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Acting Up Positions – Workplace Relations Commission Recommendation

In this case (A Worker v A Local Authority ADJ-00035827), the employee had been employed since 2006, initially as a Craft Gardener and from 2007 until 2021 as a Chargehand on an acting up basis. The worker submitted that it was unfair of the employer to revert him to his previous position after almost fourteen years in an acting up position. The employer stated that it was precluded from filling permanent posts for a number of years. 

The Workplace Relations Commission noted that “Precluding public bodies from filling vacancies is a common practice when straightened financial circumstances apply and, in such circumstances, it is also common practice to fill positions by way of acting up.  This system of addressing vacancies is not unfair in and of itself…………..However, retaining a person who was unsuccessful in a number of substantive competitions in situ of a further six years comes across as unfair.  This unfairness is further compounded when there was no disciplinary or competency-based issue with the person who was acting up during the following six years”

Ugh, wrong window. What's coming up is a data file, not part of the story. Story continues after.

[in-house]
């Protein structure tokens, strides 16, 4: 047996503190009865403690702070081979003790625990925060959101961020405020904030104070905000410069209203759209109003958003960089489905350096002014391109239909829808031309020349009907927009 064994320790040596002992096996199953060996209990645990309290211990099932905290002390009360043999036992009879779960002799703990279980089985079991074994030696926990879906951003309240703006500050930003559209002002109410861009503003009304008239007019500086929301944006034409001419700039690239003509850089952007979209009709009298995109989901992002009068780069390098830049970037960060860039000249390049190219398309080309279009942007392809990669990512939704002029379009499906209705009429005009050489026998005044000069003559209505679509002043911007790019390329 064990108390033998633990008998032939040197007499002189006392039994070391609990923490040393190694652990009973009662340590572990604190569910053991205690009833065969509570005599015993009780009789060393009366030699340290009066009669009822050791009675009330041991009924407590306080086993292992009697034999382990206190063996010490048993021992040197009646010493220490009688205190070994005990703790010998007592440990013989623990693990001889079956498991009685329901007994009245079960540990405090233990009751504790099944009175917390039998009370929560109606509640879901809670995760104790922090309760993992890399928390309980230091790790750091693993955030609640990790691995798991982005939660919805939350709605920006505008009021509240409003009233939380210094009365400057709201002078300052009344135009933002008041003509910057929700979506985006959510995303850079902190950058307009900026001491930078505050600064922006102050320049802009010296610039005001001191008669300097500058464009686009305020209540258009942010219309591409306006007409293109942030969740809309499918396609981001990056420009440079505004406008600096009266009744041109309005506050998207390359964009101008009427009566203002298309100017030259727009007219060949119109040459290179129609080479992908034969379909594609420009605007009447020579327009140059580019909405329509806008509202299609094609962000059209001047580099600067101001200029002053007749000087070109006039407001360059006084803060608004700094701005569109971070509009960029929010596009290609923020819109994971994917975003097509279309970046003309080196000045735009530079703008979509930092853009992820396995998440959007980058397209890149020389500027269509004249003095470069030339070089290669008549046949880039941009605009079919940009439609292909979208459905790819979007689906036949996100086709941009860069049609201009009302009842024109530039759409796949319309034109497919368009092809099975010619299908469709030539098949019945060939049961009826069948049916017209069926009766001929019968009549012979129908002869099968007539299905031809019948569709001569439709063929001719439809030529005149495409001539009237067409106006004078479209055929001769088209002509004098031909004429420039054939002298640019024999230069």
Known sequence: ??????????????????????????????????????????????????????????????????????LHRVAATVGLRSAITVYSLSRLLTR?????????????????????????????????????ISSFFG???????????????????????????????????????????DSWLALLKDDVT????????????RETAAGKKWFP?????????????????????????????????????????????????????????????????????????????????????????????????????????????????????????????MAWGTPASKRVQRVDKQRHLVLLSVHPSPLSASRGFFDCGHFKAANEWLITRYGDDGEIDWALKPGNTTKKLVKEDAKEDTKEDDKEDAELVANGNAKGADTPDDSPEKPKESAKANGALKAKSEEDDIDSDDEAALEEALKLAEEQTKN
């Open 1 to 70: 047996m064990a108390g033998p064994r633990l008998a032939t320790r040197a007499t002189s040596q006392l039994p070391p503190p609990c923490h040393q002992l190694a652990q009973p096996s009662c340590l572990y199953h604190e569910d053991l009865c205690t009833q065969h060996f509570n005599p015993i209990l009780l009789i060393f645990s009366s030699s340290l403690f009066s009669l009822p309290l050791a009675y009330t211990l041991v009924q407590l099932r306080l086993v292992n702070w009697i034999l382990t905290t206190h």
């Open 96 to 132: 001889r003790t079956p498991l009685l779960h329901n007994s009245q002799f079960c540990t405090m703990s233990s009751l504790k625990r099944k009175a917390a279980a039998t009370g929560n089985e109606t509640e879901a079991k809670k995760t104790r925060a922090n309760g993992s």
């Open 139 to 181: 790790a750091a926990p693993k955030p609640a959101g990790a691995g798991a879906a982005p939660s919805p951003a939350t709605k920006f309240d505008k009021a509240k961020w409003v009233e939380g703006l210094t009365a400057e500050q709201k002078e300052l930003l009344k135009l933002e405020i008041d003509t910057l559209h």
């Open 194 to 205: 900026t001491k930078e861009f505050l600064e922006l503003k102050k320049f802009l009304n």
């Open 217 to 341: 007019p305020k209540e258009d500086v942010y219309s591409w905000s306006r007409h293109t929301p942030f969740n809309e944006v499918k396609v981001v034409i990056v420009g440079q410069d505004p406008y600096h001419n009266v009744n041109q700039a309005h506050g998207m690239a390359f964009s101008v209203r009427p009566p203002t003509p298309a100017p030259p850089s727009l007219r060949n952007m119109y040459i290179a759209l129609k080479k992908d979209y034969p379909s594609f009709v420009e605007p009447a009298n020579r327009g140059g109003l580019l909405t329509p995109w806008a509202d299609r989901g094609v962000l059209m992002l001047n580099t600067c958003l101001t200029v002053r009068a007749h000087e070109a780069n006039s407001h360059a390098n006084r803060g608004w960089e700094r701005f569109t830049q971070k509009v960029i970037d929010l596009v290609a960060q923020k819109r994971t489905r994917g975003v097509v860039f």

The Adjudicator observed that the employee was only provided with interview training prior to the 2021 recruitment competition and that the worker had provided a large degree of flexibility during his acting-up period service in a number of locations where there were staff shortages.

The Adjudicator concluded that “………not ensuring that the person in an acting-up capacity was appropriately prepared to interview for his position when it finally opened up is unfair” and recommended that the employer must ensure that interview training is automatically offered to staff members acting up who have been holding those positions for more than twelve months. It was also recommended that €2,000 was paid to the employee in question.

It should be noted that this claim was taken under the Industrial Relations Act 1969 (as amended) and a recommendation was issued from the Workplace Relations Commission. The recommendation in itself is not legally binding however if an employer does not implement the recommendation, this could be looked on unfavourably if the employee or others were to take similar claims and it was noted that the employer did not implement the previous WRC recommendation.

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